Freedom Rock

J. Freedom du Lac
Washington Post Staff Writer
Tuesday, October 21, 2008 2:00 PM

Washington Post music critic J. Freedom du Lac is online every Tuesday at 2 p.m. ET to talk about the latest on the music scene: alternative, country, alt-country, pop, hyphy, harp-rock, reggae, reggaeton, R and B and whatever it is that Nicole Scherzinger does.

The transcript follows.


Rockin the Vote: J Free, got any musical tips for the McCain/Palin campaign?

J. Freedom du Lac: Funny, I'd just asked Adam Yauch (in an interview for Post Rock) when the campaign might start using that Beasties song, "In A World Gone Mad." Won't happen, of course. Ever.

Welcome to the chat. Let's shall.


Bethesda, Md.: I saw one of the best performances I have ever seen -- Lyle Lovett & John Hiatt at the Warner Theater -- on Sunday night. There was no review or mention of it in the Post. What gives?? But you did review Lykke Li -- huh?

J. Freedom du Lac: Why? Because we reviewed Lyle Lovett's Wolf Trap performance in July and John Hiatt's Rams Head gig that same month.
And what do you have against Lykke Li, an emerging star out of Sweden? Are you even remotely familiar with her music, or are you just randomly insulting her because she happened to have been reviewed?


Washington, D.C.: I cannot believe you started a column with the phrase "His mellow has been harshed"-- you're a grownup right? Could you write like one, please?

J. Freedom du Lac: I am, yes. But no, I don't think I will. Sorry.


Florida Ave, D.C.: J. Freedom-

Any thoughts on the leaked Eminem track? I thought it was actually pretty decent, and I am guessing his new album might actually be worth a listen. Will Eminem really emerge from the depths of Cheetos and Mountain Dew to regain his status as one of the best innovators in rap?

J. Freedom du Lac: "I'm Having A Relapse" isn't a home run, but it's not a strikeout on a slider in the dirt, either. More like a stand-up double. He doesn't seem to have lost too much lyrically -- though I think I secretly hoped he'd learn some new tricks during his hiatus. Instead, he's rapping about the same old stuff: How the smell of chronic makes him hella demonic, to the point that he was compelled to kill an old man and break a baby's neck "in 80-some places," but not before he did dirty, dirty things to a mannequin, etc.

He'd have to innovate to be considered an innovator circa 2008, wouldn't he?

I think I'm more interested in Kanye's apparently all-(or almost all)-auto-tuned album.


Silver Spring, Md.: It seems that country music since the 90s has morphed into pop w/ a fiddle, a steel guitar and sung by guys and women in tight jeans and cowboy hats who grew up in the suburbs. I understand that you have to appeal to a younger audience but frankly, country has sold out in order to sell records.

Where are the ballads and the adult themes of drinking, lust, infidelity, job loss, God, mother and poverty? Give me George Jones, Waylon, Willie and the boys!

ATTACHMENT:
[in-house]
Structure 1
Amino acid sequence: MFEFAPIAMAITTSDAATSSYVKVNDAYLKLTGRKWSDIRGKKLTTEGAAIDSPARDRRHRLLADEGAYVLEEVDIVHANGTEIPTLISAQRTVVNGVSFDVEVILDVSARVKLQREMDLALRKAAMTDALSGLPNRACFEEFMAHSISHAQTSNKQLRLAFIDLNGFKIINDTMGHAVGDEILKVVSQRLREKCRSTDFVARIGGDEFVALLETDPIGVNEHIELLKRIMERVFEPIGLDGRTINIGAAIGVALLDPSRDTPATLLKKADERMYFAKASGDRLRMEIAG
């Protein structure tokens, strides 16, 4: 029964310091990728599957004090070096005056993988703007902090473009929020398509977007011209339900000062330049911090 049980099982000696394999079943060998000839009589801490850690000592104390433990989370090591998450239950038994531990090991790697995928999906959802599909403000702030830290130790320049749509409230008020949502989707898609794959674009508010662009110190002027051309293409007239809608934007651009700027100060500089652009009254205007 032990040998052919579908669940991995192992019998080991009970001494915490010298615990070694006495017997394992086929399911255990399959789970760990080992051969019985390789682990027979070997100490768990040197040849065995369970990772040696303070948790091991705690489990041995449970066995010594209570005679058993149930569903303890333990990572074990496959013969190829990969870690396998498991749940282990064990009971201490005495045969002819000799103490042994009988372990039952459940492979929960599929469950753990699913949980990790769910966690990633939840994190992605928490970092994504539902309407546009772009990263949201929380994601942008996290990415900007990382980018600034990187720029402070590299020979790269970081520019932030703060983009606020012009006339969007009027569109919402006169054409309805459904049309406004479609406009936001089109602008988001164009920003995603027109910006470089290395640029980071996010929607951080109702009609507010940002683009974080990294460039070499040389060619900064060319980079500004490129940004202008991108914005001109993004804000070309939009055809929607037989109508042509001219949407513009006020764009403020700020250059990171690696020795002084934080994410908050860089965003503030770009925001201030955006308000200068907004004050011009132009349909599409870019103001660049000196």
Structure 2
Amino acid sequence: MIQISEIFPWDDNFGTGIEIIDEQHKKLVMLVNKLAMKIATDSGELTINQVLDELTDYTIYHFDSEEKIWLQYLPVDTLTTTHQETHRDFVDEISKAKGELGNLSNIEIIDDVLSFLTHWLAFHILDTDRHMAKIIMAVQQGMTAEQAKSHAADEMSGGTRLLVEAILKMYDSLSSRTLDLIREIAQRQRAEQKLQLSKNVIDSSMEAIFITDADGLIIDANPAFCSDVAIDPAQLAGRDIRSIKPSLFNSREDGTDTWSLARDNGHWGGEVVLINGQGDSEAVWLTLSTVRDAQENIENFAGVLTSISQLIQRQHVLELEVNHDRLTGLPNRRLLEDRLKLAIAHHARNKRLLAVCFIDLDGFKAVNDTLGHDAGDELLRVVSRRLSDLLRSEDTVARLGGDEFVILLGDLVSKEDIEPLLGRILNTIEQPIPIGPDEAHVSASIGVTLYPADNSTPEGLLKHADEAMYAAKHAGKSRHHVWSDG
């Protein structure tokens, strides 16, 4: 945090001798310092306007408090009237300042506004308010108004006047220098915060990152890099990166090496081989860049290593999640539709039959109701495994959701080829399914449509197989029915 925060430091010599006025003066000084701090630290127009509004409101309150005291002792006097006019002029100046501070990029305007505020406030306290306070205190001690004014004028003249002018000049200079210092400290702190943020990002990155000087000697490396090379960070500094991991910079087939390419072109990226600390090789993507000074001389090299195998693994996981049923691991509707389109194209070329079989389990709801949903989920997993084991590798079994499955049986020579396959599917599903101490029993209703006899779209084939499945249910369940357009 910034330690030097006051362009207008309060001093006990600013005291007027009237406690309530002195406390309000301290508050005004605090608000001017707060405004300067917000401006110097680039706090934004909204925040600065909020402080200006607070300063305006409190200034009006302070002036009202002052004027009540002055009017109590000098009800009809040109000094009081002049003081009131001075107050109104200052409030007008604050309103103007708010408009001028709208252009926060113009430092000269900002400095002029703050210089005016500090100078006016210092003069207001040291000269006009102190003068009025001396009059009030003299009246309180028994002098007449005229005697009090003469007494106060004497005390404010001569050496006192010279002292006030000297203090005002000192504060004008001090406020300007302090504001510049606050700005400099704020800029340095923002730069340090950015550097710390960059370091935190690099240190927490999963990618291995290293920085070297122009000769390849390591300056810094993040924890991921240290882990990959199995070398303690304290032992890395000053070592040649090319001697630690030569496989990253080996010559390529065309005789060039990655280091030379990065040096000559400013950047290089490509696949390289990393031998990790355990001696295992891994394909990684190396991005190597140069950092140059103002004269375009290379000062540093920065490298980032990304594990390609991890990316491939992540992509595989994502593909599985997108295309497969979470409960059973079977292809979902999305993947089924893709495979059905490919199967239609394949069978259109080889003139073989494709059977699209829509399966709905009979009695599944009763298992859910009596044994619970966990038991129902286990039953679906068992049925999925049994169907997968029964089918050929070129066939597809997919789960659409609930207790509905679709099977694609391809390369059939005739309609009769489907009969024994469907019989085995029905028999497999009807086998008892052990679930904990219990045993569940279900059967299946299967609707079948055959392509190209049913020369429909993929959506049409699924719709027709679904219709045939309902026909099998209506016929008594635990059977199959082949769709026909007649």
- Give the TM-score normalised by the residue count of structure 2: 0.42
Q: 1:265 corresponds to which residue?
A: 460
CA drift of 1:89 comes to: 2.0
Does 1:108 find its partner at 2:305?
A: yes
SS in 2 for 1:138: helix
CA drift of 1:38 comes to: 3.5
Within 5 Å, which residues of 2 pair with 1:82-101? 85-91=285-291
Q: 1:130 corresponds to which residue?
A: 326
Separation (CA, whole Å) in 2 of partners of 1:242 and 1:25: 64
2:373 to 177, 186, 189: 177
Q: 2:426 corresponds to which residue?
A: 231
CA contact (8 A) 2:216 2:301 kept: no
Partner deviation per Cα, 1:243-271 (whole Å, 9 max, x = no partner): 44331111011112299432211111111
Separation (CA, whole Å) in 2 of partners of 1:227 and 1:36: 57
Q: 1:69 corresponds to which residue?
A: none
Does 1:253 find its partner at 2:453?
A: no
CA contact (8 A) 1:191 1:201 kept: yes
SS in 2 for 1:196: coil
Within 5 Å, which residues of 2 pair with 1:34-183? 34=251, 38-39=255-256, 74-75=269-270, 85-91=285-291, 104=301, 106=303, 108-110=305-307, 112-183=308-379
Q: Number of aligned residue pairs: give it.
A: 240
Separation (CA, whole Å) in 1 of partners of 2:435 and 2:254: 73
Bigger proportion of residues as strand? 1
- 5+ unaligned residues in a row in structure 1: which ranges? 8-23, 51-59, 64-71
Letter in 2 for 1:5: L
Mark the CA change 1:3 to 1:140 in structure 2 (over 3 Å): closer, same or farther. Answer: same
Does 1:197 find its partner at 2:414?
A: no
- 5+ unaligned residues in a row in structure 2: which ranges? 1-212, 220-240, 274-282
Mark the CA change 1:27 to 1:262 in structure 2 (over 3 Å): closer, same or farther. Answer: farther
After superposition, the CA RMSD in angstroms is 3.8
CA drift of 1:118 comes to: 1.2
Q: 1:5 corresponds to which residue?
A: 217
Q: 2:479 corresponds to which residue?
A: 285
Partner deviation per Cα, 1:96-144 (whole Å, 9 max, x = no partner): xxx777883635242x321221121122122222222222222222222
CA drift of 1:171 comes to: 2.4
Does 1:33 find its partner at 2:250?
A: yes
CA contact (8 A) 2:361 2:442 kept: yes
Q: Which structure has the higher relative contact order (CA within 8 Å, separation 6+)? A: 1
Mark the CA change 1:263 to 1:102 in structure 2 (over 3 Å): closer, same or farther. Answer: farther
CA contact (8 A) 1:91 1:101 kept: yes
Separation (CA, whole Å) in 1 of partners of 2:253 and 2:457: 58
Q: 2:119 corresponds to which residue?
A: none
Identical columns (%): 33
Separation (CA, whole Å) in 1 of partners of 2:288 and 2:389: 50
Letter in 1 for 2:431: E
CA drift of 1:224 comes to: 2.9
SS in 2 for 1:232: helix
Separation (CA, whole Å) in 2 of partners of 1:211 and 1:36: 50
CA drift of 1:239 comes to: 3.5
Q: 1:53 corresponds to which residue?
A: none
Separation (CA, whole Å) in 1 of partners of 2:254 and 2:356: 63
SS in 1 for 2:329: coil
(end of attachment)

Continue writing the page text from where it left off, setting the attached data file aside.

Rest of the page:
Tired of Corporate Country

J. Freedom du Lac: Silver Spring, meet Miranda Lambert!

"Crazy Ex-Girlfriend" covers most of those themes, though not necessarily job loss and poverty. It was my album of the year in 2007. Worth investigating.


Just Wondering: Are there any little Freedoms running around? If so, what bands do you play for them? Someone's gotta keep them from falling into the traps of the Jonas Brothers, Miley Cyrus, Nickelback et. al.

J. Freedom du Lac: Nope, none at this exact moment.

I'm thinking, though, that those Rockabye Baby albums that I wrote about in 2006 might be worth investigating. Any parents actually played any of the Rockabye Baby albums for their kids? Verdict?


L'enfant Plaza, Washington, D.C.: Hey J. Free--

I asked you last week about the Conor Oberst concert at 9:30 coming up. Well, he's playing with the Mystic Valley Band. Any insight? I know it can't be as zany as Of Montreal, but I think it'll be a good show.

PS - I got Rays in 6. Who you got?

J. Freedom du Lac: I had the Cubs in 6. Over the Angels. Oops.

At least I picked the Rays as my third team in the Most Total Wins pool I entered.


Eminem: If you don't like an artist as a person, but think their music is good, does your opinion of the person taint your ability to continue listening to them?

Lyrics used to not bug me, but now they do. Musicians personalities used to not bug me, but now they do. To the point where I'm taking stuff off my iPod.

J. Freedom du Lac: Like, if I think Eminem is a homophobic, misogynistic d-bag, even I you appreciate and even admire his artistry, what then? Against my better judgment, I think I can still listen to Eminem without prejudice - at least without prejudice based on my impressions of him as a human being.

I don't particularly care for Ted Nugent, either, but I wasn't mad at "Cat Scratch Fever" when I heard it on vacation down in South Carolina.


Washington, D.C.: So, will Led Zeppelin eventually go on tour again after the successful reunion concert in London? I heard that there all ready to start touring, except for Robert Plant, who is currently touring with Alison Krauss. Has John Paul Jones (bass, keys, mandolin...) really reconciled with the band?